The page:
Take one of the remaining two pieces of plywood and use a damp cloth to wipe any dust of it. Now take a roller or a paint brush and apply a thin layer of wood glue over the entire side of wood. Spread the glue evenly. Take the other piece of plywood and place it ontop of the glued surface. Aline the two pieces of plywood so the corners all match. Now apply a thin layer of glue over the surface of the second piece. Take your show-face piece of wood and place it on the glue show-face facing away from the glue.
Now move onto the next step quickly.
Step 8: Moulding
You find that the pieces of plywood slip and move around quite easily over each other. We will use this to our advantage as this lets us bend the 3 layers of plywood around the curve of the mould easily. Once you bend it around the curve, secure it with a clamp so it doesn't move anymore. Make sure the two ends of the plywood layers are roughly the same distance away from the top of the curve. Wipe the excess glue off the wood.
Now clamp the whole thing down, most importantly the edges. Now its in shape, we can watch glue dry.
Step 9: Detaching Mould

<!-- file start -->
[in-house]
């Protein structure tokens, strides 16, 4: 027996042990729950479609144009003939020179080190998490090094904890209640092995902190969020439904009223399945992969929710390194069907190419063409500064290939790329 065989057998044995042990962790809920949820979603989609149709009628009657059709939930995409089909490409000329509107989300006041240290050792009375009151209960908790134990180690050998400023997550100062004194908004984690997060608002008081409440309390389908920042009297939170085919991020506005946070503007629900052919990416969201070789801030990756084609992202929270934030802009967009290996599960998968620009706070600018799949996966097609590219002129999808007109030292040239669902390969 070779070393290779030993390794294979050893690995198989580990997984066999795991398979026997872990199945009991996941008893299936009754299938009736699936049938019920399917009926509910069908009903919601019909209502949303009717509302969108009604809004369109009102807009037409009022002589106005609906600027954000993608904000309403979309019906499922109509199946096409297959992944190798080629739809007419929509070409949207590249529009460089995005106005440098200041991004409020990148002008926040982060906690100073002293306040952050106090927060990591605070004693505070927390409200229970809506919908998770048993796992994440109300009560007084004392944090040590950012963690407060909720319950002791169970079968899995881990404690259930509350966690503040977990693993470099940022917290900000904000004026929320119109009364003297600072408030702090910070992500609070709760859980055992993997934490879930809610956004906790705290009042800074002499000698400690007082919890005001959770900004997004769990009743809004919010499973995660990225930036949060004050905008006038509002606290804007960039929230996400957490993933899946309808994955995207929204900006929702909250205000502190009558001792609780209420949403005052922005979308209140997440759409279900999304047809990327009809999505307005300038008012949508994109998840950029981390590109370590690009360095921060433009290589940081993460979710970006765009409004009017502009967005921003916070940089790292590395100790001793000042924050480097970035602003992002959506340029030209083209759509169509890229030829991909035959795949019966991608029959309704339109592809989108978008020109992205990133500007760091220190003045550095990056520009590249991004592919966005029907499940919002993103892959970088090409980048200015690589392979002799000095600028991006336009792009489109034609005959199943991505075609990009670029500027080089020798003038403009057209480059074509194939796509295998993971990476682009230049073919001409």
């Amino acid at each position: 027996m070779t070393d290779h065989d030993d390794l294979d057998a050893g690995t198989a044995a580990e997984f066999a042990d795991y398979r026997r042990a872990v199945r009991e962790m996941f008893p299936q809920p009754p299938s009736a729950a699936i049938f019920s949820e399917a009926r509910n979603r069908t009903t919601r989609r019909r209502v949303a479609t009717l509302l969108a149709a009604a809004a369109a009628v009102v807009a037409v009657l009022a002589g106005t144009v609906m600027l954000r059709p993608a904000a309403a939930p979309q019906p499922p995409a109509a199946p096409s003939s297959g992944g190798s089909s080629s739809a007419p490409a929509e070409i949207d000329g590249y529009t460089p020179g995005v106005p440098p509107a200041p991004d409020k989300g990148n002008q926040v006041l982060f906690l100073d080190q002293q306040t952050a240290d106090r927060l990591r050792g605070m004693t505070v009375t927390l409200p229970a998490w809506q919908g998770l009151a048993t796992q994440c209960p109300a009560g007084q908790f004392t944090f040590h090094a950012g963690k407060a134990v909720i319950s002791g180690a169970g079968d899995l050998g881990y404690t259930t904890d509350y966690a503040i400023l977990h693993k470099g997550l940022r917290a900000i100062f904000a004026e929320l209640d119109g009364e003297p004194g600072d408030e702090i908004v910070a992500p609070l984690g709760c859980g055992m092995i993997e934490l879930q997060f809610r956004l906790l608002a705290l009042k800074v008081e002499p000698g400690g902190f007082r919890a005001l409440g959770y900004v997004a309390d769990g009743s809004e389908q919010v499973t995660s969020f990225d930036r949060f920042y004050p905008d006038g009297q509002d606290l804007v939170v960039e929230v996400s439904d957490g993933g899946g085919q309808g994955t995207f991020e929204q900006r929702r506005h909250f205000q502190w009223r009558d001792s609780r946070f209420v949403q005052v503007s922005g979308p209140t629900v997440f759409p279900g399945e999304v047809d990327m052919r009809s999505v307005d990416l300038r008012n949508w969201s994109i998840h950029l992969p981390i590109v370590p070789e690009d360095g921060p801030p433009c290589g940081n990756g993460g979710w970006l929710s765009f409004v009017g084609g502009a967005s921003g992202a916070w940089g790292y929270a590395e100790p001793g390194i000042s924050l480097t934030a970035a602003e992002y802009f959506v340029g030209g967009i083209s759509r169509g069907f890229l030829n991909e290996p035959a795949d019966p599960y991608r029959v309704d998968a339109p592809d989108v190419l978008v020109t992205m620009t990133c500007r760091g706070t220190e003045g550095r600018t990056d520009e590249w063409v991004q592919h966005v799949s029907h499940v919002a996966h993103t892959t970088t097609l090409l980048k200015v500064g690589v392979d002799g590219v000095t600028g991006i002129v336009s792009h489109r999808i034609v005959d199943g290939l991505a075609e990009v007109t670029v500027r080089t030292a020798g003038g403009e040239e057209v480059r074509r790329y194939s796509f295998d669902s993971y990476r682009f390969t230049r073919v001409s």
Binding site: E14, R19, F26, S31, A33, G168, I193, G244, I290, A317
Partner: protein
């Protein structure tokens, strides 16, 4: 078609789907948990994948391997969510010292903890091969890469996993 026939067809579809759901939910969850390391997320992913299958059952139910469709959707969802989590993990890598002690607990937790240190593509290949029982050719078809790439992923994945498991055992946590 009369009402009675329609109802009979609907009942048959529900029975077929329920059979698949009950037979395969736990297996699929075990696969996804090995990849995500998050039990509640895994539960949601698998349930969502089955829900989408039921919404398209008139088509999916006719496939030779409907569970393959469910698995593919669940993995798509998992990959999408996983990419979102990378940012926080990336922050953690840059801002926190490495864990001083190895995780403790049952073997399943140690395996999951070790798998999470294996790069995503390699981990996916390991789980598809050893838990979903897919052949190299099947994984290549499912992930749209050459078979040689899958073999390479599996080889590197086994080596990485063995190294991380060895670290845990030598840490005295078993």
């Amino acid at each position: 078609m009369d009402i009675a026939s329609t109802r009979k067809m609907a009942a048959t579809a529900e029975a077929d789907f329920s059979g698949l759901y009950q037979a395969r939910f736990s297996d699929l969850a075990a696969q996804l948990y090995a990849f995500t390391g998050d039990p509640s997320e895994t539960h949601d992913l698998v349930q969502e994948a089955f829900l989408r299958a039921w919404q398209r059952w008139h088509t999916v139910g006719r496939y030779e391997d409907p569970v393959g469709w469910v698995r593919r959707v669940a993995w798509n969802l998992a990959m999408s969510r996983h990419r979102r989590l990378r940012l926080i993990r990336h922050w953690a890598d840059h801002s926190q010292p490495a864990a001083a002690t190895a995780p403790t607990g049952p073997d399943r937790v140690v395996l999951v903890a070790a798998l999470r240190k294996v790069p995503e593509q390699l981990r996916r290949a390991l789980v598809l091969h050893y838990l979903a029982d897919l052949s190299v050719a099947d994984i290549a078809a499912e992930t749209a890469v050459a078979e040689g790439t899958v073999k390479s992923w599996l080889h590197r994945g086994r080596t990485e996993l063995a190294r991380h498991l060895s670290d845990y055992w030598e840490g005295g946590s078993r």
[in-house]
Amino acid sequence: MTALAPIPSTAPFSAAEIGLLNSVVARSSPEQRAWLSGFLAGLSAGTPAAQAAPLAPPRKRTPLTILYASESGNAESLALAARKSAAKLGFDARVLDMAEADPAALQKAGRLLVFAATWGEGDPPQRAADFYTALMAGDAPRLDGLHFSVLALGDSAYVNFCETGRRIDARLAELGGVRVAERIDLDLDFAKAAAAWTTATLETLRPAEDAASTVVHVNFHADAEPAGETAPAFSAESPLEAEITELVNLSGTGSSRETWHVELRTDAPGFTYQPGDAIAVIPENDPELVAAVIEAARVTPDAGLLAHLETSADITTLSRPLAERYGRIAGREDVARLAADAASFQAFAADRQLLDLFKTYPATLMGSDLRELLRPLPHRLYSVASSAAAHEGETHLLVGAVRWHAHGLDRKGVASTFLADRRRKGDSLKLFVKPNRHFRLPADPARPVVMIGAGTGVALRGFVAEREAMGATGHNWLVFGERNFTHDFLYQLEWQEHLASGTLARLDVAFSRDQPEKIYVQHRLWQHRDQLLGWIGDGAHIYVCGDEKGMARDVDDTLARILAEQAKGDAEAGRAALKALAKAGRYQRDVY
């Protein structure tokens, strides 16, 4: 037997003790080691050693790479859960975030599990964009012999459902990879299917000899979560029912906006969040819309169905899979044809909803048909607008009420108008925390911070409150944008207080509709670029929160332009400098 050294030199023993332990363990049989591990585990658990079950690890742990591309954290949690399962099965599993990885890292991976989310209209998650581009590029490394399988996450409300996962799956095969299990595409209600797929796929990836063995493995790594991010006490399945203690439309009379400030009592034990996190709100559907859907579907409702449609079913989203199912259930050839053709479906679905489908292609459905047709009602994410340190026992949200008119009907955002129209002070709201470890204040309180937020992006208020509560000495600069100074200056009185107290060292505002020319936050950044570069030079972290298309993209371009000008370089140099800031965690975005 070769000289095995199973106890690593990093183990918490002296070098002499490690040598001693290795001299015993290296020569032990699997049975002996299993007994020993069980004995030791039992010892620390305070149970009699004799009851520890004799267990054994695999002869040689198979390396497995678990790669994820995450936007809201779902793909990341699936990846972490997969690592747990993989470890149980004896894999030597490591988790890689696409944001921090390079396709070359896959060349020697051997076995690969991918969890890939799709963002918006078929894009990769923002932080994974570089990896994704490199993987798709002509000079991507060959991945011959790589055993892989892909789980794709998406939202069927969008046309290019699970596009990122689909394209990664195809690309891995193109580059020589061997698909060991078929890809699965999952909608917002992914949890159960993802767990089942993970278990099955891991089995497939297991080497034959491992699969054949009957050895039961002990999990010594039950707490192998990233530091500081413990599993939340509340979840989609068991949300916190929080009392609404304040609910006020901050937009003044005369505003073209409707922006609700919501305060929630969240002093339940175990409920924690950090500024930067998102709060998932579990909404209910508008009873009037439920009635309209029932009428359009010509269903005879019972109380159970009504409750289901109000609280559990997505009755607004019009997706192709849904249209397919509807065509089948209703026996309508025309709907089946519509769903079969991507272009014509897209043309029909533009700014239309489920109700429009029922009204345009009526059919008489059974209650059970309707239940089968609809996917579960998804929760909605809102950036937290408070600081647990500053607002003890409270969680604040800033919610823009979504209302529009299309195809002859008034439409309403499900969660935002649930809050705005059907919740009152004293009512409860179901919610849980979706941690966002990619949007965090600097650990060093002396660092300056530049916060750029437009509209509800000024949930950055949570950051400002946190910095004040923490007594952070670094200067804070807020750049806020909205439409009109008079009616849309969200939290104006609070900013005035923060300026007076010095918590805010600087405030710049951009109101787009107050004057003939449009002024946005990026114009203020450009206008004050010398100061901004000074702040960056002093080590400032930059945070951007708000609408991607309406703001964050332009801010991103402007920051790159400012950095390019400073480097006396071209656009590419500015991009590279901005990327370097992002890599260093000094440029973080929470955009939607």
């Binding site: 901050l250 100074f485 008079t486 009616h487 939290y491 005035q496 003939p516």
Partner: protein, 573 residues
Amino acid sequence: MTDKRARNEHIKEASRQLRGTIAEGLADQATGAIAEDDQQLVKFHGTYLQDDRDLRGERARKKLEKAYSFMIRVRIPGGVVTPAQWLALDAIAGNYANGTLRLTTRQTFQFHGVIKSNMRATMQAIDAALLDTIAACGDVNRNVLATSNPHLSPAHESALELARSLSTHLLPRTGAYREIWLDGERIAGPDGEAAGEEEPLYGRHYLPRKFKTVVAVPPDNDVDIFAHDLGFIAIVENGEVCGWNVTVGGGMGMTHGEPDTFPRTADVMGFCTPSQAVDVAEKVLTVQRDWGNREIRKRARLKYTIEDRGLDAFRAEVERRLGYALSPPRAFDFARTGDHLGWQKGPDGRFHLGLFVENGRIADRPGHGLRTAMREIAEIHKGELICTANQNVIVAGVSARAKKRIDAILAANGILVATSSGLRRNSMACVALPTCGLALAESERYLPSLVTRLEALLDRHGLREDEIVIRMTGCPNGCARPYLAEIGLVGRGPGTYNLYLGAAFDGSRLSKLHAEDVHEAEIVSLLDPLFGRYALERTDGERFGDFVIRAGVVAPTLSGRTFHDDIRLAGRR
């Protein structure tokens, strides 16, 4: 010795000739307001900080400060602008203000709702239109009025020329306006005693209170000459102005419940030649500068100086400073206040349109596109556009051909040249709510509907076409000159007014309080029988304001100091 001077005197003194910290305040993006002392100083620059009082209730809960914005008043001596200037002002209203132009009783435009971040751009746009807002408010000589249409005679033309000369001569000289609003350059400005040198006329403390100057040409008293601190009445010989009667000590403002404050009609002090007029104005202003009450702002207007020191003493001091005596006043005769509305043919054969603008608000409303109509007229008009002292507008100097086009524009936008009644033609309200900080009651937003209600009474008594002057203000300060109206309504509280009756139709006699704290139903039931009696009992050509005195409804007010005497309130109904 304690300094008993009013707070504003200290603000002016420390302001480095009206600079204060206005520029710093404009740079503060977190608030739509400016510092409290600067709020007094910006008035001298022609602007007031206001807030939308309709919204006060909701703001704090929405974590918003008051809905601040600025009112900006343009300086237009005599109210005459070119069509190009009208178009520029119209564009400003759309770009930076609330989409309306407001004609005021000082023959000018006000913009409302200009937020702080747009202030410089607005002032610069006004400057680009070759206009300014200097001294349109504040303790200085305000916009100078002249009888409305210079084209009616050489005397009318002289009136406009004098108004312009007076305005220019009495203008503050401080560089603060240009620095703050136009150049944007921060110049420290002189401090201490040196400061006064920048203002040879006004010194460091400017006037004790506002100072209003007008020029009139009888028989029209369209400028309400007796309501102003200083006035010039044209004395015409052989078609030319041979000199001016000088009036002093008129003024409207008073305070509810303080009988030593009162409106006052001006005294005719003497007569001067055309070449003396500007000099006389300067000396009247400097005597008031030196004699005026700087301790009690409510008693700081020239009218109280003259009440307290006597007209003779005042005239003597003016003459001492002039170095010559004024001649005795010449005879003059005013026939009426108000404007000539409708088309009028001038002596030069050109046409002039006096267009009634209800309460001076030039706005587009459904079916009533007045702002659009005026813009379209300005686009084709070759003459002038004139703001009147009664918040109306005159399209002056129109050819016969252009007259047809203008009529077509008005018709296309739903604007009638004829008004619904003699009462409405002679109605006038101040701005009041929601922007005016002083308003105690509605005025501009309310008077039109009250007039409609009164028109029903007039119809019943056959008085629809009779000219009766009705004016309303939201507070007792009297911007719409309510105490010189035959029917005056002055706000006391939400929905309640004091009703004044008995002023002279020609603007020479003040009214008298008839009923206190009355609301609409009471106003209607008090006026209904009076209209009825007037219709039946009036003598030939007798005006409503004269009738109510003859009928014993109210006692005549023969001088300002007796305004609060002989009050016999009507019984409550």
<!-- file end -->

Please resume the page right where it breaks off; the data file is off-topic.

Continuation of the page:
After around 12hours, the glue should thoroughly dry. (It is important not to detach from the mould too early, otherwise the plywood will deform). Take all the clamps off, if it retains structural integrity, then its been successfully laminated. However, if it starts warping and bending, its still not done, in which case you'll need to clamp it back immediately.
When its successfully moulded, take it off the mould and set the curve aside. Now make the second curve through laminating the other 3 pieces of 1.5mm plywood. Repeat the whole laminating and moulding process. (The mould can be reused)
Step 10: Sanding and Trimming
After both curves detach from the mould, the sides will be quite rough. So sand it down so its flat and level. I would recommend starting from p80 sand paper and move to p200. Sand all the edges other than the two ends of each curve.
You will realise that the ends of the curve are shaped like stairs, they are not matching. Thats supposed to happen. Use a copping saw and carefully trim the edge off till the wood is in 3 layers. Does that make sense?
Now use a trysquare or something that does the same job and sand so both ends of each curve are level. (Try to sand/cut off as little as possible but still keep the ends level)
Step 11: More Sanding...